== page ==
They both get one point for authentication. Number two is databases and these are where things start to get pretty different. I'm primarily gonna be talking about Firestore, which is Firebase's premier database offering and what makes Firestore unique is that it is a real time database and it is built on a NoSQL database. It is proprietary specifically to Firebase itself whereas SuperBase actually builds their database off of Postgres, which is an open source platform and that's gonna be the biggest difference between using Firebase versus SuperBase.
SuperBase is built on completely open source technology so you never have to worry about getting vendor lock-in whereas Firestore and Firebase is gonna force you to do a lot more vendor lock-in because the database that they're using is proprietary to it. Depending on what type of application you are building, sometimes a relational database is gonna be more advantageous compared to using a non-relational database like Firestore. So that's something to consider when you are building your next application. Both Firebase and SuperBase offer security rules but the way that they offer these security rules is very different. SuperBase security rules are written completely in SQL so for those of you that are very proficient in SQL, it's gonna be really simple for you to write these security.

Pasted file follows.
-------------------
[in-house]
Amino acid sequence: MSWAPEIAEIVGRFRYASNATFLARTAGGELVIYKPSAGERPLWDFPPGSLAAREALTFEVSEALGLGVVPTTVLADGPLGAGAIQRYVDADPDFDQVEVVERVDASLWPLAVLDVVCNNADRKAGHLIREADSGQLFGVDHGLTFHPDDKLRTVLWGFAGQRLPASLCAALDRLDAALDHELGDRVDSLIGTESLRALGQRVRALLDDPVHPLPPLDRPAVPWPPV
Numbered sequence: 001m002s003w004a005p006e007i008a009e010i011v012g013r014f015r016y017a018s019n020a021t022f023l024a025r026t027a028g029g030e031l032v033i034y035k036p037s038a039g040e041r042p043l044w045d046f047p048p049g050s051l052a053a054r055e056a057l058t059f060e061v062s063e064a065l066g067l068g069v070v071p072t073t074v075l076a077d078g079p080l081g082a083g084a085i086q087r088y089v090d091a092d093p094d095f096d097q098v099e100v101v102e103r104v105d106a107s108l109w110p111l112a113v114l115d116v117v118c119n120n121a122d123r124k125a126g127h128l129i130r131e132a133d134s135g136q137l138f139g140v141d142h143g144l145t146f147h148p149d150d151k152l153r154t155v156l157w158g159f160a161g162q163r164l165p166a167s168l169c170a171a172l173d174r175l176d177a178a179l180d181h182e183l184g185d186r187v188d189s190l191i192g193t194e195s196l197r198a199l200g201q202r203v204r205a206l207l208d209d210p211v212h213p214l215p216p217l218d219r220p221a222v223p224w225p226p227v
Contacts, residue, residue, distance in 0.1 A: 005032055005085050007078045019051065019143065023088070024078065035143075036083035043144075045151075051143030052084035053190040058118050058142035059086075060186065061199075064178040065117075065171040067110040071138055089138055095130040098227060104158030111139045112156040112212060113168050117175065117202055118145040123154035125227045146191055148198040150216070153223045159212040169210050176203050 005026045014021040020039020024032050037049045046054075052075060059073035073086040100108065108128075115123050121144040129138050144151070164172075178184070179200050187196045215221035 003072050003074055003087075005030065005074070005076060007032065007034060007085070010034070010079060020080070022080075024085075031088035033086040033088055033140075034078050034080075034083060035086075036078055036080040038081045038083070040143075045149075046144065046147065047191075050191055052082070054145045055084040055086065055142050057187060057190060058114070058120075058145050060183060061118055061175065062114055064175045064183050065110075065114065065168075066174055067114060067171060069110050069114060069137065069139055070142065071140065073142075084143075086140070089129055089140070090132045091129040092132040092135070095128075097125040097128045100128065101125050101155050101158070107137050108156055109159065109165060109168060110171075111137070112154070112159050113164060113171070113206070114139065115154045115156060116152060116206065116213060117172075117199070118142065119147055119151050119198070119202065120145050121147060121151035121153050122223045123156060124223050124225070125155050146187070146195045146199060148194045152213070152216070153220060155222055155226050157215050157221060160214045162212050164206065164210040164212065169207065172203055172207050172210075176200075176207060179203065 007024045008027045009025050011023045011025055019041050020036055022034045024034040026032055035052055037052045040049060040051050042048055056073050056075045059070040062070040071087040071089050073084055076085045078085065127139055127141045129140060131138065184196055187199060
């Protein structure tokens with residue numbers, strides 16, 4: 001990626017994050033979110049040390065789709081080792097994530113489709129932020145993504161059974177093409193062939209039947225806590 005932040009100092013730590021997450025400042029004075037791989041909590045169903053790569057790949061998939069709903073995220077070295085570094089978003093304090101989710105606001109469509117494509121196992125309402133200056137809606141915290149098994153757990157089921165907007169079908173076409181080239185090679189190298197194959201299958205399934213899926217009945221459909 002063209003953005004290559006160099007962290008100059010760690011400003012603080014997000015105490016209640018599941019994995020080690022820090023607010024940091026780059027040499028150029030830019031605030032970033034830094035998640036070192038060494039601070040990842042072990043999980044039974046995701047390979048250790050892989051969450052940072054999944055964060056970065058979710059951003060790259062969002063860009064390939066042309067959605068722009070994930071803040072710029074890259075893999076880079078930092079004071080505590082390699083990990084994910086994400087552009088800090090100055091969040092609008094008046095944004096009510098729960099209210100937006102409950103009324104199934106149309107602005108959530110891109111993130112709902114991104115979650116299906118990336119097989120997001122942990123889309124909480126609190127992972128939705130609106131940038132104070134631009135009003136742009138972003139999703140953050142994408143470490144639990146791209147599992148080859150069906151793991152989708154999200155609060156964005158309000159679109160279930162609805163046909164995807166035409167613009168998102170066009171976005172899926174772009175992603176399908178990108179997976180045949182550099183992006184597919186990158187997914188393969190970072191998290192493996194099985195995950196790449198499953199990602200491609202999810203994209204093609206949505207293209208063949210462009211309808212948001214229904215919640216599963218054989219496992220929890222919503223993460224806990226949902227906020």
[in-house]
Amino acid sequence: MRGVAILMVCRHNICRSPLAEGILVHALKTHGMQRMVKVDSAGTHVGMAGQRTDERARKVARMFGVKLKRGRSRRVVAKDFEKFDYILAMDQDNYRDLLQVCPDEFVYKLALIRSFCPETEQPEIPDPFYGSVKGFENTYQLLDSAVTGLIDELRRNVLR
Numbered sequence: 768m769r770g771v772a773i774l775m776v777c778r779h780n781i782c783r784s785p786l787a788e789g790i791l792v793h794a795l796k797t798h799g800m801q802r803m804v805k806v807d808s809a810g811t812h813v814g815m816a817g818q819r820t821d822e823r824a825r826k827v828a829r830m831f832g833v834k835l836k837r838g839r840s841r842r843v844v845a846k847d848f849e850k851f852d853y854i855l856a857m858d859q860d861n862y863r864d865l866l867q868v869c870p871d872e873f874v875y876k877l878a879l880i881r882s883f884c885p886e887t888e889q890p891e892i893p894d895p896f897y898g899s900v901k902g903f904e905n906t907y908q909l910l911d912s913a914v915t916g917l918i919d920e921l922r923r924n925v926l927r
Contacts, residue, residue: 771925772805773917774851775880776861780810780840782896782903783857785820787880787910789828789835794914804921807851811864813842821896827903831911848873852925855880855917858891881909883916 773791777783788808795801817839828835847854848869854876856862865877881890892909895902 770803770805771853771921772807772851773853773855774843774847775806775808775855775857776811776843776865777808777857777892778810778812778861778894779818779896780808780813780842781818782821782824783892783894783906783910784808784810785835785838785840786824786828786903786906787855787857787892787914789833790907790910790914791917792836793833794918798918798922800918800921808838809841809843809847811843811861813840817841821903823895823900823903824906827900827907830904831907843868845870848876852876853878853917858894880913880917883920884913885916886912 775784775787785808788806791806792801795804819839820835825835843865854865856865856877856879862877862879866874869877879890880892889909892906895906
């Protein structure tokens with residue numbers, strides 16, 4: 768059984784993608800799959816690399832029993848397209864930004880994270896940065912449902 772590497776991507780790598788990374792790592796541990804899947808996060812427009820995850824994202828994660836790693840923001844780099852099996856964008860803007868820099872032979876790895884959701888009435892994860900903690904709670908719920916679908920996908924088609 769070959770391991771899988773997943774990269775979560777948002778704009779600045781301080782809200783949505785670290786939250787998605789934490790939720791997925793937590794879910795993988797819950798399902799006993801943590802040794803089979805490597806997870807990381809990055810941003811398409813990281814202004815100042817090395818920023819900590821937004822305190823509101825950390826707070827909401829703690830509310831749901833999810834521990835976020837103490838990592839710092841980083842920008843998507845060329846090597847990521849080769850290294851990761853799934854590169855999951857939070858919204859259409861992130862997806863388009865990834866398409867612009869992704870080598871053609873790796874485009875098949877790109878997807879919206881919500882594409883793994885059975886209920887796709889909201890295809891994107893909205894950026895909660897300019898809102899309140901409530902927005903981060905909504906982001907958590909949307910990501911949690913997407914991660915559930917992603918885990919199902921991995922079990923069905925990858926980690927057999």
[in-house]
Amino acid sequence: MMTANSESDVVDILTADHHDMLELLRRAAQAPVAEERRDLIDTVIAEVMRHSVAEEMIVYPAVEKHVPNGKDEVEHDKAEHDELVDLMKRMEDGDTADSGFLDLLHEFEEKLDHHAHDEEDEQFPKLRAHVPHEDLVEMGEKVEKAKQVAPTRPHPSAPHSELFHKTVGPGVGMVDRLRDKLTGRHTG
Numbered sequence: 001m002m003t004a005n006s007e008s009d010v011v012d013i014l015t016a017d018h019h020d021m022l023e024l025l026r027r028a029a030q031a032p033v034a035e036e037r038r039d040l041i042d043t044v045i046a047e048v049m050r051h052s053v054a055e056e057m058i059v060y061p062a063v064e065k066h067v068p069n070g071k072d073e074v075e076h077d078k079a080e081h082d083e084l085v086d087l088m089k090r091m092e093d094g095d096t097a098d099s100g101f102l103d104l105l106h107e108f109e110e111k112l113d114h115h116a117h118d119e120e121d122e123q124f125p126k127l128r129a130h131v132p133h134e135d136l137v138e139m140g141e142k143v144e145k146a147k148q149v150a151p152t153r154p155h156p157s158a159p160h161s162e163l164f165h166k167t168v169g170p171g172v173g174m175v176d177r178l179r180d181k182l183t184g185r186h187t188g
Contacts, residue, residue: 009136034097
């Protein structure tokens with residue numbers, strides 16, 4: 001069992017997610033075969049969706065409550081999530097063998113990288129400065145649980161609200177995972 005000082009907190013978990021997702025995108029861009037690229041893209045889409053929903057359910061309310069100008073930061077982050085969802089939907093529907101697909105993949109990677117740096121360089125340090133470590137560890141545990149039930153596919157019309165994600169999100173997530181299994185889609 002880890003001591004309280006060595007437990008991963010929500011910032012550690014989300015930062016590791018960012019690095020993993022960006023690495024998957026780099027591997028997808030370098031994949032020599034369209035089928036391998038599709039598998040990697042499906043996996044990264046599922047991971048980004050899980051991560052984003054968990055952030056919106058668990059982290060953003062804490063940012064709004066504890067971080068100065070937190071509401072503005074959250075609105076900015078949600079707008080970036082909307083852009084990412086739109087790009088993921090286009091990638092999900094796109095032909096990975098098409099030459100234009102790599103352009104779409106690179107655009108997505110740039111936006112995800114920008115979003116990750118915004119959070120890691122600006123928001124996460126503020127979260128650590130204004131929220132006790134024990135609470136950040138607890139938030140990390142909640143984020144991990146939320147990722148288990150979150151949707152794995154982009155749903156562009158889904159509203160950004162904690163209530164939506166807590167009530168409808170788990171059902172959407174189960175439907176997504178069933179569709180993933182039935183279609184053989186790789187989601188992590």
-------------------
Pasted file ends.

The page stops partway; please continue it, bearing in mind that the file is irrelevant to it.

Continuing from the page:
Firebase does not use SQL and actually just uses its own syntax which is decently intuitive but I do think as you get into more complicated use cases, the Firebase security rules are gonna be harder to write. So in the end, they both offer very similar features but just the way that they implement them is different. I am gonna give the advantage in this case to SuperBase though because everything is written in SQL from the authentication rules to how the database is actually set up. Number two is cloud storage. Both offer cloud storage and it's very simple to use and very easy to set up.
You just create a bucket, add some security rules to it and then you can start uploading whatever you want in there. There's really no major advantage or disadvantage between the two product offerings of a storage bucket so I'm gonna give them each one point. Next up is cloud function. Both SuperBase and Firebase offer cloud function. They're both very easy to set up but I will say the one downside to SuperBase functions is that it is a little bit trickier to develop locally with them. The one downside to locally developing with SuperBase functions is that you can only run one at a time.